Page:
Second, the Exchange argued that the summons was overly broad because it included customers who had bought and held cryptocurrencies during the relevant period. The Exchange argued that, in these cases, the customers had only made deposits, purchases or withdrawals and that such activities would likely not be considered taxable events. The District Court sided with the IRS’s arguments that such transactions could reflect wages paid in cryptocurrency, a hard-fork or a chain-split, each of which could be a taxable event, depending on the circumstances. Hence, the District Court found that such a request was not overly broad.
Third, the Exchange argued that the summons was overly broad because it would include users who were not U.S. taxpayers. Hence, the IRS would not have any interest in auditing such individuals and would at the same time put the Exchange at risk for violating foreign privacy laws. The District Court noted that the Exchange could not point to any authority which suggested the summons must be limited on this basis, nor did it offer any alternative way to protect the privacy rights of non-U.S. person users. The District Court therefore allowed the language to remain in the summons.
Fourth, the Exchange argued that the summons was overly broad because it improperly invaded the privacy of Exchange users due to the substantial amounts of personal information and financial data which would be transferred to the IRS. In particular, the Exchange argued that the IRS’s Enterprise Case Management System did not meet all of the security requirements necessary in its cloud-based system to house such data. The District Court was satisfied, however, with the IRS’s response that the IRS does not use that system for storing John Doe summons information. As such, the District Court sided fully with the IRS on the issue of privacy rights.
Finally, the Exchange argued that the summons was overly broad with respect to certain categories of documents and that full compliance with the summons would take months, or even years, given the total number of accounts at issue and the extensive information requested. The District Court agreed with the Exchange on certain points and tailored the summons accordingly. In particular, the District Court found that the following information requests were broader than necessary for the IRS to achieve its purpose: (1) requests for historical information about changes to a user’s personal information, IP addresses and payment methods; and (2) requests for KYC due diligence questionnaire information including employment, net worth, source of wealth, and AML Logs and investigatory records related to AML monitoring activities.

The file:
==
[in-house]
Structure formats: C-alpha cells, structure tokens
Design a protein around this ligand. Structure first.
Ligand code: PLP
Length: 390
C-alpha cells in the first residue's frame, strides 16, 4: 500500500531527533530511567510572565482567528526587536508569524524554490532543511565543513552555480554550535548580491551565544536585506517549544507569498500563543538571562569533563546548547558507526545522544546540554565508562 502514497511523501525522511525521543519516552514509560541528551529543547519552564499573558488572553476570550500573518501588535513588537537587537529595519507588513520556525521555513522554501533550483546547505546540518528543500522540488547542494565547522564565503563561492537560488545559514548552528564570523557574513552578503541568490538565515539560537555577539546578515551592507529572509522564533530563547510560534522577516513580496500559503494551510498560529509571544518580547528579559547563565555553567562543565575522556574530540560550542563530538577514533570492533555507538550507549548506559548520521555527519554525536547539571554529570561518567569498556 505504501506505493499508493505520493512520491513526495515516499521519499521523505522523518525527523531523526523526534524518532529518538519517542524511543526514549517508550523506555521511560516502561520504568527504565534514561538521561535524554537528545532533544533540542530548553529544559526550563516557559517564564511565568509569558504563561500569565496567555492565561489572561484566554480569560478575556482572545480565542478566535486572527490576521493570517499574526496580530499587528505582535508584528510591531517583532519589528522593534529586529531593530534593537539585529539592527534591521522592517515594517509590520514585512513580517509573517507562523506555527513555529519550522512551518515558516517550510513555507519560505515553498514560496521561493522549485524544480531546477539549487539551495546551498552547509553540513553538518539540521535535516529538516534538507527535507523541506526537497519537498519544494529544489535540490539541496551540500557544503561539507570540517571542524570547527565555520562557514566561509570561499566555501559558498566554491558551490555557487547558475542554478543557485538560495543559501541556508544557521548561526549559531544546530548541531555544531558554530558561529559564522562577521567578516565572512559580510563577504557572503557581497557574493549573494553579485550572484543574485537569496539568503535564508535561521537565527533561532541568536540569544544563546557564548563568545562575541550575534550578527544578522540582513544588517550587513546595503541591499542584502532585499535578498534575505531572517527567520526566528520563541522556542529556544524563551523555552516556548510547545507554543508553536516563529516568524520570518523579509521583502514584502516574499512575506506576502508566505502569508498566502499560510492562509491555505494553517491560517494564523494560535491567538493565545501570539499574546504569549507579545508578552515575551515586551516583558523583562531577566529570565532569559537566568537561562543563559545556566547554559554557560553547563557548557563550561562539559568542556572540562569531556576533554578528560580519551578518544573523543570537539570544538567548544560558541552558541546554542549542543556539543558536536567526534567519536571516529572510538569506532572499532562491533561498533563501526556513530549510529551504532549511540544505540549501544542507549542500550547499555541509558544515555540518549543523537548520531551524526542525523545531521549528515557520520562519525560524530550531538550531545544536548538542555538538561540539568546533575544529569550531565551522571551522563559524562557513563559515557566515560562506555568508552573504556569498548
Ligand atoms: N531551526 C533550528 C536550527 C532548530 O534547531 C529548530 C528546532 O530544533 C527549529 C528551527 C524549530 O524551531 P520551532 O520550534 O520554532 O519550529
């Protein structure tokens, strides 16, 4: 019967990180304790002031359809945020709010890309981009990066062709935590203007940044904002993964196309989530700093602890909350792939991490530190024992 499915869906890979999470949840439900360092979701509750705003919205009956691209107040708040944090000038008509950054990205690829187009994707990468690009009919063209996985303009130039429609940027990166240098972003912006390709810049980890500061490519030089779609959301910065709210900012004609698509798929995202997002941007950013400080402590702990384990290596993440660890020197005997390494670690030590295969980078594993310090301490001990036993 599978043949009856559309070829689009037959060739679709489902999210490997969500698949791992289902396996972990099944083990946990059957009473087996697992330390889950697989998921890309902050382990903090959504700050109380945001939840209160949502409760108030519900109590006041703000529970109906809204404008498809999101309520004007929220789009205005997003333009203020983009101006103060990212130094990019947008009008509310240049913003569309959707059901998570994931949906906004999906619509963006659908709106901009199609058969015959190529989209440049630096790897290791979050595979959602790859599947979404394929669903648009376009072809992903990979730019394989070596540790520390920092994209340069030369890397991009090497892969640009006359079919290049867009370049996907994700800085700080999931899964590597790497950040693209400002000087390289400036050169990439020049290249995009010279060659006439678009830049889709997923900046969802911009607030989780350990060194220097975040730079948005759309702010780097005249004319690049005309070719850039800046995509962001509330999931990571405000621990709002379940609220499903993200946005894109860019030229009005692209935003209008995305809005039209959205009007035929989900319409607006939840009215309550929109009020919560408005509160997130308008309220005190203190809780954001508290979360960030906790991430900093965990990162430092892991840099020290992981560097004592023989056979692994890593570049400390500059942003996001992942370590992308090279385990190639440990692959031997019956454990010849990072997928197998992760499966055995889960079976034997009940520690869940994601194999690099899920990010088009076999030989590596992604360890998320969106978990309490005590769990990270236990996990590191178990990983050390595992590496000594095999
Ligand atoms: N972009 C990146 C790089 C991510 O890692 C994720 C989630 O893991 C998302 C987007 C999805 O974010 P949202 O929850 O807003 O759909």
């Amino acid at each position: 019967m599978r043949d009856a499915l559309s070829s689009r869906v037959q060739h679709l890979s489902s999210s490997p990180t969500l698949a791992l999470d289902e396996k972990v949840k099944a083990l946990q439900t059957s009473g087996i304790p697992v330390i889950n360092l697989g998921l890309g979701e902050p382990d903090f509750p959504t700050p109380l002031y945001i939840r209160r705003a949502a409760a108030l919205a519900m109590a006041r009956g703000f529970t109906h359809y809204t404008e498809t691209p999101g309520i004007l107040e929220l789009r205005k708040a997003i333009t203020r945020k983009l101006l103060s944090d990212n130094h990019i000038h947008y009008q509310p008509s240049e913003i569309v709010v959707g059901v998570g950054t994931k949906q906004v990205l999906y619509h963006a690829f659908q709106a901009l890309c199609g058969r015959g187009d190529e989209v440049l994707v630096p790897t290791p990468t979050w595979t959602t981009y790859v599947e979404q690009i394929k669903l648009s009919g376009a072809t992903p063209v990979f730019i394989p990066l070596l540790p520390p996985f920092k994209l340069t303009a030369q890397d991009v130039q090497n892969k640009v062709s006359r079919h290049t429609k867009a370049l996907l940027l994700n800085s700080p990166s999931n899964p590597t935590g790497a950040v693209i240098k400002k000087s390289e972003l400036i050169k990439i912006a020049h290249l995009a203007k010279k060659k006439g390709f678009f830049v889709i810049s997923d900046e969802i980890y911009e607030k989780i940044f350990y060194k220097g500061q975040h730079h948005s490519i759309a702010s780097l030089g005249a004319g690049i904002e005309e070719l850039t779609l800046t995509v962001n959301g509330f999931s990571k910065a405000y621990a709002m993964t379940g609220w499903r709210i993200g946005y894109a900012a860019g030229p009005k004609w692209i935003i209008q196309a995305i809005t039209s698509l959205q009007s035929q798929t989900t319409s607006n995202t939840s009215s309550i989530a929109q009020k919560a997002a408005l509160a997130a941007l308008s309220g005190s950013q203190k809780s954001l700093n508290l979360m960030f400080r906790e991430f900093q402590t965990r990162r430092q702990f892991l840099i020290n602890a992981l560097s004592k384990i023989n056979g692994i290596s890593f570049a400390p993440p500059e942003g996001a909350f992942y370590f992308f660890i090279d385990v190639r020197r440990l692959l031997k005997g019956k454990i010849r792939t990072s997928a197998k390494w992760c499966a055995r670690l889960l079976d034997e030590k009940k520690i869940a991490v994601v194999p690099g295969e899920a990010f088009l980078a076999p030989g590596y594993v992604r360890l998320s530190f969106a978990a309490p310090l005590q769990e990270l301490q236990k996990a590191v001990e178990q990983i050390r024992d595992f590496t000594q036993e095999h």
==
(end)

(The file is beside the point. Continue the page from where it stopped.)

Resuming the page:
In sum, after about two years of litigation, the District Court issued an order which requires the Exchange to produce significant personal and financial information about its users. This includes identifying information such as names, dates of birth, taxpayer identification numbers, telephone numbers, physical addresses and email addresses. The Exchange must also produce significant financial information including all funding and transactional ledger data.
With respect to takeaways going forward, this case is important because it illustrates that courts will not necessarily rely on the reasoning used in connection with previously issued summonses. Rather, courts should give each summons a proper review to determine if it is adequately tailored to the facts of the situation. In addition, due to the IRS’s success with this particular summons, exchanges and taxpayers can expect that the IRS will continue to use John Doe summonses to obtain information on users of crypto exchanges in order to identify non-compliant taxpayers. Taxpayers who have failed to report or underreported their gains can also expect to be audited by the IRS as a result.
The District Court’s full decision can be accessed here.